By Andrew Hamlin
NORTHWEST ASIAN WEEKLY
Actress and playwright Aimee Chou was born profoundly deaf.
Even with the help of hearing aids, she needs to read people’s faces, paying close attention to lip movements and breath pauses, to understand others. She learned ASL (American Sign Language), but not until her 20s.
Chou’s first full-length play, “Autocorrect Thinks I’m Dead,” plays at Sound Theatre Company, where Chou also works as public relations manager.
She was born and spent her early years in Los Angeles. Asked about the deaf community in LA, she admits, “I had zero exposure to the deaf community in LA, so unfortunately I can’t answer this question!”
She learned to communicate using a set of approaches collectively called “oralism,” which emphasizes lip-reading, and avoids ASL, which comes under the opposite heading, “manualism.” One of the leading proponents of oralism, telephone inventor Alexander Graham Bell, insisted that ASL left the deaf cut off from the hearing—despite Bell having both a deaf mother and a deaf wife.
“There were, and still are, some fiercely held beliefs, often perpetuated by the medical industrial complex and certainly A.G. Bell’s misguided legacy, that oralism is the best (if not only) path forward for all deaf and hard of hearing children,” Chou said. “As a child, I’ve benefited from speech therapy. I’m no absolutist. But I believe oralism-only paths aren’t ideal for every deaf child. Whatever path a hearing adult chooses for a deaf child, they should listen to the perspectives of deaf adults and not just the medical field.”
She moved to Eastern Washington as a teen.
“For reasons I can’t remember, 12th grade me decided that the UW made the most sense out of the other college options I had. Go Huskies!”
After graduation, she worked in nonprofit communications/marketing, editing, journalism internships, and as a writer in various capacities—search engine optimization, freelancing, and as a theater administrator. Being the only deaf person in the office wasn’t easy, but she’s thankful for speech-to-text apps and closed-captioning on teleconference meetings, both of which proliferated during the COVID years. (Of course, the technology isn’t perfected yet. The title of her play refers to a common electronic misinterpretation of “deaf” as “dead.”)
Up to her 20s, Chou had no exposure to theater. On a whim, she tried out for a production of Abused Deaf Women Advocacy Services, and got the lead.
“Oh, I was clueless. I did not know what ‘blocking,’ ‘tech rehearsal,’ or ‘light cues’ meant. But once we closed the play, I got my first (and not last) case of post-theatre depression!”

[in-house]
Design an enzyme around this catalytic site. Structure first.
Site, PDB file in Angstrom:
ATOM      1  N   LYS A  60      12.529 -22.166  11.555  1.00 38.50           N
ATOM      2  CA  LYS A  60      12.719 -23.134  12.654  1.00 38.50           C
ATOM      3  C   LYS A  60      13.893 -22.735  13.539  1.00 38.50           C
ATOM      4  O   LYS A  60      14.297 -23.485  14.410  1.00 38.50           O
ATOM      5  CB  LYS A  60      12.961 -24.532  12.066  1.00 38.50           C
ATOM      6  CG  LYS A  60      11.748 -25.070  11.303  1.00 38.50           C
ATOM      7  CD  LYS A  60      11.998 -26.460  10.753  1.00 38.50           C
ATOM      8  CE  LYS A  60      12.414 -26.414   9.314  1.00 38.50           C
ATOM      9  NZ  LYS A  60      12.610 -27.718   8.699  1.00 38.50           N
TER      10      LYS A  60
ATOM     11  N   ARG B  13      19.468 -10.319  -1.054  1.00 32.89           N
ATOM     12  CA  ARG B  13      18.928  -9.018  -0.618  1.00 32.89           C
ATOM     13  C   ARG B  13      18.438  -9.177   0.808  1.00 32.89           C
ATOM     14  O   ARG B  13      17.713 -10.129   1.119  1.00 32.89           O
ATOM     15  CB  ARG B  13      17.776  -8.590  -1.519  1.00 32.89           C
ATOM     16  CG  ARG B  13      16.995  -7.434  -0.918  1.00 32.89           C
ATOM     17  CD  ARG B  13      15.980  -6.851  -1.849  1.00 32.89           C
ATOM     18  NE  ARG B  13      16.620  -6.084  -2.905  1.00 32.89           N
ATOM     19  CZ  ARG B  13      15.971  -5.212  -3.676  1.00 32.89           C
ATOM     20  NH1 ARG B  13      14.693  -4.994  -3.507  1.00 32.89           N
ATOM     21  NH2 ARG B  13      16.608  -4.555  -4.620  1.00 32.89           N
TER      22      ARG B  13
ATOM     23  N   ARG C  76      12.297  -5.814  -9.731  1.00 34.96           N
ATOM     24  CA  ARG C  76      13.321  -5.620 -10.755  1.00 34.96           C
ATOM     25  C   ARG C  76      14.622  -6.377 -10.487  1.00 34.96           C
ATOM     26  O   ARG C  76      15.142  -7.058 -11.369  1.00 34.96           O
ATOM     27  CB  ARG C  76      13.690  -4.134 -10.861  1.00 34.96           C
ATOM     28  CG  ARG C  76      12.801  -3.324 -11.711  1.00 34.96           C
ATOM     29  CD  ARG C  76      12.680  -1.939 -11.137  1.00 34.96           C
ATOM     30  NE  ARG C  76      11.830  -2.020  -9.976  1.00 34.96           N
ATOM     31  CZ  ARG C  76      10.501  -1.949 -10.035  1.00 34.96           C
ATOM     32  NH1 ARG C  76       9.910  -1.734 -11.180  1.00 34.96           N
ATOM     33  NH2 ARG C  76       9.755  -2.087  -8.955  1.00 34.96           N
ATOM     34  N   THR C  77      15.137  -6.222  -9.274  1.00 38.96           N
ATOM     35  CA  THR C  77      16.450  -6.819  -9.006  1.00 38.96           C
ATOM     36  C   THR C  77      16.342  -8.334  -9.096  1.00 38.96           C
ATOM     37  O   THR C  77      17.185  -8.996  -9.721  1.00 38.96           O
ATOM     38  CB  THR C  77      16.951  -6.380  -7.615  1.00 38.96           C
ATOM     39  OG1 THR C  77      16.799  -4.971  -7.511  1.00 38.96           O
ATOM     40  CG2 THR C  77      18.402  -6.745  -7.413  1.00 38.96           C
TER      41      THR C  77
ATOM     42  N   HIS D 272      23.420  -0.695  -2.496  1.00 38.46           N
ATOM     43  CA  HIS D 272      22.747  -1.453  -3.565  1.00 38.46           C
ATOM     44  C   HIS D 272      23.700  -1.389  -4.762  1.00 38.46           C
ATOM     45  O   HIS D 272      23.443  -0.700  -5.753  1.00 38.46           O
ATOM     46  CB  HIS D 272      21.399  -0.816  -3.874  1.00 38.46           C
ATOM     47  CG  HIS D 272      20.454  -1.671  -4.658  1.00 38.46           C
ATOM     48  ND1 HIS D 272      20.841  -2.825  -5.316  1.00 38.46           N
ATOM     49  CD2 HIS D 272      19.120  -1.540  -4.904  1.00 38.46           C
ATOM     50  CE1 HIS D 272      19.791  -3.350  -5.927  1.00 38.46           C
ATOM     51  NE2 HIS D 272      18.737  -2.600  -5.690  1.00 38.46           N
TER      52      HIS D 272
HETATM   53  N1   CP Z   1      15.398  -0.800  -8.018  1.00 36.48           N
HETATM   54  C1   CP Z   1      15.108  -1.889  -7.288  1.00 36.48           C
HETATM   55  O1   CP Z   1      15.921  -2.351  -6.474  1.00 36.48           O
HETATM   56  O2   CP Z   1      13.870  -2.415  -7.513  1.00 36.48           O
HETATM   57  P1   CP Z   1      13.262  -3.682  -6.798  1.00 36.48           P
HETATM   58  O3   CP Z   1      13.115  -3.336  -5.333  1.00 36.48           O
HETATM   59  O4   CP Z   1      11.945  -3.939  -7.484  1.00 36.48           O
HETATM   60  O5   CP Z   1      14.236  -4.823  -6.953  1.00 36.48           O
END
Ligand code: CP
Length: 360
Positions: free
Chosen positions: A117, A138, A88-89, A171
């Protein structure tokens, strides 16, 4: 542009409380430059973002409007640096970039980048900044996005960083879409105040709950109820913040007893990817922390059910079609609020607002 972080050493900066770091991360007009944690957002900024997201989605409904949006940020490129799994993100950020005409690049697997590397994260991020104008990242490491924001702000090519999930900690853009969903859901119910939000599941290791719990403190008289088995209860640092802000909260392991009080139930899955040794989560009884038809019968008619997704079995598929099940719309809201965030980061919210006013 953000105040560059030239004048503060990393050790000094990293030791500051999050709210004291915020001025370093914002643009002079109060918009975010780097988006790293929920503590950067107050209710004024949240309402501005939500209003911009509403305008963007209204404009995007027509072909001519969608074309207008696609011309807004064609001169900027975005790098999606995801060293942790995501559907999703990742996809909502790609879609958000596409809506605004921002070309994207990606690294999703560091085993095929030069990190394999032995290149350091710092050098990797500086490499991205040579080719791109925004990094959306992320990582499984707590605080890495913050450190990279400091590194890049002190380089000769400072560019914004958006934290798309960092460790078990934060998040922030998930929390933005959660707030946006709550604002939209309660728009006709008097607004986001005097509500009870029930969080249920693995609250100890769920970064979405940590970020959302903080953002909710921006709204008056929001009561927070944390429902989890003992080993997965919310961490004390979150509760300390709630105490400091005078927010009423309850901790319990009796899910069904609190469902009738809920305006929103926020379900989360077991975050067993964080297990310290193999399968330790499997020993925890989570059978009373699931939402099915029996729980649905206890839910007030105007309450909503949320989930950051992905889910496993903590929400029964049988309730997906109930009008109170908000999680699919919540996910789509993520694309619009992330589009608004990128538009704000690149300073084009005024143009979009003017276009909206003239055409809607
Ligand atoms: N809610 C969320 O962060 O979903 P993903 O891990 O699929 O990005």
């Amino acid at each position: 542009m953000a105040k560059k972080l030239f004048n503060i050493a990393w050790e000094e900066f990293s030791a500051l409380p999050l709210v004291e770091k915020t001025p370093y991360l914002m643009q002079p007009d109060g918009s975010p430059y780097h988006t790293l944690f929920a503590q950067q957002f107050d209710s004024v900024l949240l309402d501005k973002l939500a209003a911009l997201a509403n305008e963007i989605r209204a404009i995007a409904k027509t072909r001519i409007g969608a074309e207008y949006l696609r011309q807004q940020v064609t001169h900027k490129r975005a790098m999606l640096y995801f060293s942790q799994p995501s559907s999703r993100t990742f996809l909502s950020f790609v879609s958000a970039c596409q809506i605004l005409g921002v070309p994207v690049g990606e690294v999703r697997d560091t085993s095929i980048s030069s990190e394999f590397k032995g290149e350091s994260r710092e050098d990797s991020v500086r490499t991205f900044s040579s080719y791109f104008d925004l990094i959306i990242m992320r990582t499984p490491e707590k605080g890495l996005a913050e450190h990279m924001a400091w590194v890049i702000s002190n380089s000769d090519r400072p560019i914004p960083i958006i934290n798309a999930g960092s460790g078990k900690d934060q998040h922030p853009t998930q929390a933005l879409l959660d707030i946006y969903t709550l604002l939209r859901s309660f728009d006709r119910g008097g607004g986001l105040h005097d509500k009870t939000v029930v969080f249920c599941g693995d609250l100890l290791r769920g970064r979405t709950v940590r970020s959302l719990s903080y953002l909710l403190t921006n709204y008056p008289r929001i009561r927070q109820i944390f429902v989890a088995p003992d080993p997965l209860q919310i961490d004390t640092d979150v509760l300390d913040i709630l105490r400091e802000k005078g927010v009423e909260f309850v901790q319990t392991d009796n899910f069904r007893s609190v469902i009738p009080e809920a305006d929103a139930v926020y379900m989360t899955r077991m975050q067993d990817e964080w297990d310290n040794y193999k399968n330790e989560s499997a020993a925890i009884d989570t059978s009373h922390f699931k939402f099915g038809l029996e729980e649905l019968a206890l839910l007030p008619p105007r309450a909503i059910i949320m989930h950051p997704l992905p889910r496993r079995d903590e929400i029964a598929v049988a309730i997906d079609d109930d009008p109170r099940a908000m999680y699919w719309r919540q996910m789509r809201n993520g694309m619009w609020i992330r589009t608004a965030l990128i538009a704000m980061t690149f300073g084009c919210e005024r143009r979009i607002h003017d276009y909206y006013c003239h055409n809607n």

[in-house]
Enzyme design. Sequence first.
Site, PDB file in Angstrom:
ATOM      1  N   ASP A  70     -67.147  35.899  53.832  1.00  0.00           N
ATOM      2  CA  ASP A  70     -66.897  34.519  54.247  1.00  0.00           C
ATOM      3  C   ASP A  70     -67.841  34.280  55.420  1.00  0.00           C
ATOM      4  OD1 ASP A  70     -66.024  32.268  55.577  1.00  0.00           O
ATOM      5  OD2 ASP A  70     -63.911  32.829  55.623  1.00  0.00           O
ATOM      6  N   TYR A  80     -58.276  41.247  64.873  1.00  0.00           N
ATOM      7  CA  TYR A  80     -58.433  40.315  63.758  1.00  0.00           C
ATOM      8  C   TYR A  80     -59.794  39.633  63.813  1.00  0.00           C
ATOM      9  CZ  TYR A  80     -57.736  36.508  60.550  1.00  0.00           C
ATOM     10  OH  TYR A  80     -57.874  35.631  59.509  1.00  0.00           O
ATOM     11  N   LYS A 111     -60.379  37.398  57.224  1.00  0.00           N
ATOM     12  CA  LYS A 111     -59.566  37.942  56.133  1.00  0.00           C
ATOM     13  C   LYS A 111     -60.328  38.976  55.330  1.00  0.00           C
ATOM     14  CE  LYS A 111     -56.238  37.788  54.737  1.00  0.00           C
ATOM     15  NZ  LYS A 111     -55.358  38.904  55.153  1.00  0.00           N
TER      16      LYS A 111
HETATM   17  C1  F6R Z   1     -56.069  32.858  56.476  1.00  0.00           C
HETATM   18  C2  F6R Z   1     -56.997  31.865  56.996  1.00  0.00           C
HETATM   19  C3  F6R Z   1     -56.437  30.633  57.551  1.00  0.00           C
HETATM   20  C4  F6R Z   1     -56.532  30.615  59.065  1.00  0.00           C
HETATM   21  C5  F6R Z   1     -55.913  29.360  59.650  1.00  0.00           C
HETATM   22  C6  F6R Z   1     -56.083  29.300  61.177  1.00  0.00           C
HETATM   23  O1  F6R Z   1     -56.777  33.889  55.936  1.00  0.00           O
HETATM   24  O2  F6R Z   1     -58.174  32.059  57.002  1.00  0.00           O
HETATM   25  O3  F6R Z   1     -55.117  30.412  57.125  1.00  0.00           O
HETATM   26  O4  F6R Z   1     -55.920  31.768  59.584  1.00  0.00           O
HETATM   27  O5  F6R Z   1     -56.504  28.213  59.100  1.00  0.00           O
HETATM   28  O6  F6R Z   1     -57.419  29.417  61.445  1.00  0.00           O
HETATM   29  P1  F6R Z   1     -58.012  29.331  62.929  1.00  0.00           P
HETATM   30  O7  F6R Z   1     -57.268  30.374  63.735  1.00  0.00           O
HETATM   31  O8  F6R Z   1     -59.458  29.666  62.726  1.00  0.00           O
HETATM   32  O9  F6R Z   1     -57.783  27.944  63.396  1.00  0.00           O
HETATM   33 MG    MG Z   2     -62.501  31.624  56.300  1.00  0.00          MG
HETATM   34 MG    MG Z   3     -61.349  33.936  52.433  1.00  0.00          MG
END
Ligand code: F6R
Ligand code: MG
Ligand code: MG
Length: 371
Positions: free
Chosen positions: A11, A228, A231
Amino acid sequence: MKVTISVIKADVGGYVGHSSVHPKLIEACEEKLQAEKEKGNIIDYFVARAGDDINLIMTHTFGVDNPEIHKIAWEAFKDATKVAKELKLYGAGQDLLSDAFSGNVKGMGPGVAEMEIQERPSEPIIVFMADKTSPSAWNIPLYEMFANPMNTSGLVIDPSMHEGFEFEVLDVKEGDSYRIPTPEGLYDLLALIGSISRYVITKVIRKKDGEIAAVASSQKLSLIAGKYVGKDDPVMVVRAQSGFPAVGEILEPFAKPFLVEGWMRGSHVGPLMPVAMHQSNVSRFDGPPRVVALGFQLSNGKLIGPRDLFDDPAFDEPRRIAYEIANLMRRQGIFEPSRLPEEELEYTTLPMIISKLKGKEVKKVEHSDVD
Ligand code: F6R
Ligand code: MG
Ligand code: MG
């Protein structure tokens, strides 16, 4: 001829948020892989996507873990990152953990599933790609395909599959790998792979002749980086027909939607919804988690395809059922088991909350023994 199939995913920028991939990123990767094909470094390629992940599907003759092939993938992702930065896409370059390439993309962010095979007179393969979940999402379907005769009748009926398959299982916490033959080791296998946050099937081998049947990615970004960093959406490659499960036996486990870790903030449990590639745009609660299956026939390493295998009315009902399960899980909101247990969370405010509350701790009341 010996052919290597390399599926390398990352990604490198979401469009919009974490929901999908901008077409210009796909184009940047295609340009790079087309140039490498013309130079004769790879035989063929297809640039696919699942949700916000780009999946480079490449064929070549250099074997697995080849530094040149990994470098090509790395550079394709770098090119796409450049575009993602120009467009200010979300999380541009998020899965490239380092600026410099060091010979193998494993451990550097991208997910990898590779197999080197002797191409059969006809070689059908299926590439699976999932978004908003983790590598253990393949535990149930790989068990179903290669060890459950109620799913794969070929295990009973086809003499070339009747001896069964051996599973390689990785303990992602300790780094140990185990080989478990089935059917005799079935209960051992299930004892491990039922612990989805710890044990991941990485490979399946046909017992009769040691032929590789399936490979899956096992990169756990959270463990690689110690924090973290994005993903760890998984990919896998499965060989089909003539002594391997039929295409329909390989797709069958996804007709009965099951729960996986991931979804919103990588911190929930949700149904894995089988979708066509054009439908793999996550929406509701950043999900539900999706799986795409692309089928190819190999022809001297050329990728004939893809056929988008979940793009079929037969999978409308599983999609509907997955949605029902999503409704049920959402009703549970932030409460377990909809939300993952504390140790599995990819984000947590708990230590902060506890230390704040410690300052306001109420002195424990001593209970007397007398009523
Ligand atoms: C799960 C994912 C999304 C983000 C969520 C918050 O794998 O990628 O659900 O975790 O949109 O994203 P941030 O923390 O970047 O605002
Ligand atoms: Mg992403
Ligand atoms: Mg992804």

She took a beginning playwright workshop through Deaf Spotlight, focusing on short plays at first.
“Once you see actors walking around the stage uttering your lines, you get … well, addicted.”
“Autocorrect,” her first full-length play, concerns three deaf roommates, who stumble across a teletypewriter phone or TTY—a now-outmoded device for the deaf to communicate over the telephone. The machine comes to life, dispensing what appears to be spirit messages, from Alexander Graham Bell himself.
“Several years ago, some friends were discussing experiences using a TTY at home,” she said. “I thought, how weird would it be to commune with the spirit of AGB through a phone device that he did not invent? And that premise took on a life (not deaf) of its own from there.
“It’s campy horror, not inspired by specific shows. There’s a lot of random pop culture references and some lowbrow humor sprinkled in, though. An audience member described it as a ‘darker, wittier version of Scooby Doo. I’ll take it!”
The play got workshopped at Sound Theatre as she disciplined herself, developing structure, character arcs, and payoffs.
“I send gratitude and Advil to the “Autocorrect Thinks I’m Dead” team for putting up with my many script revisions.”
She also counts herself lucky in securing director Howie Seago.
“Howie and I ping-ponged ideas for this script well before casting, design, and other pre-production was even underway. He is a veteran deaf artist who brings so much passion and ‘What if…?’ ideas into this project. My writing can be dense and cerebral, which Howie helped to simplify and balance out with physical comedy beats.”
She won’t rule out acting again in the future, but seems committed to writing over the long haul.
“As I told a deaf friend recently, I love writing stories that involve actors, especially deaf ones (so probably no novels or short stories for me, but never say never).
“Someday, I’d love to try my hand at writing screenplays for TV/film, and doing devised co-writing projects.”
“Autocorrect Thinks I’m Dead,” plays through Sept. 30 at Sound Theatre Company, 1620 12th Avenue in Seattle. For prices, showtimes, and other information, visit soundtheatrecompany.org/2023-season/autocorrect-thinks-im-dead.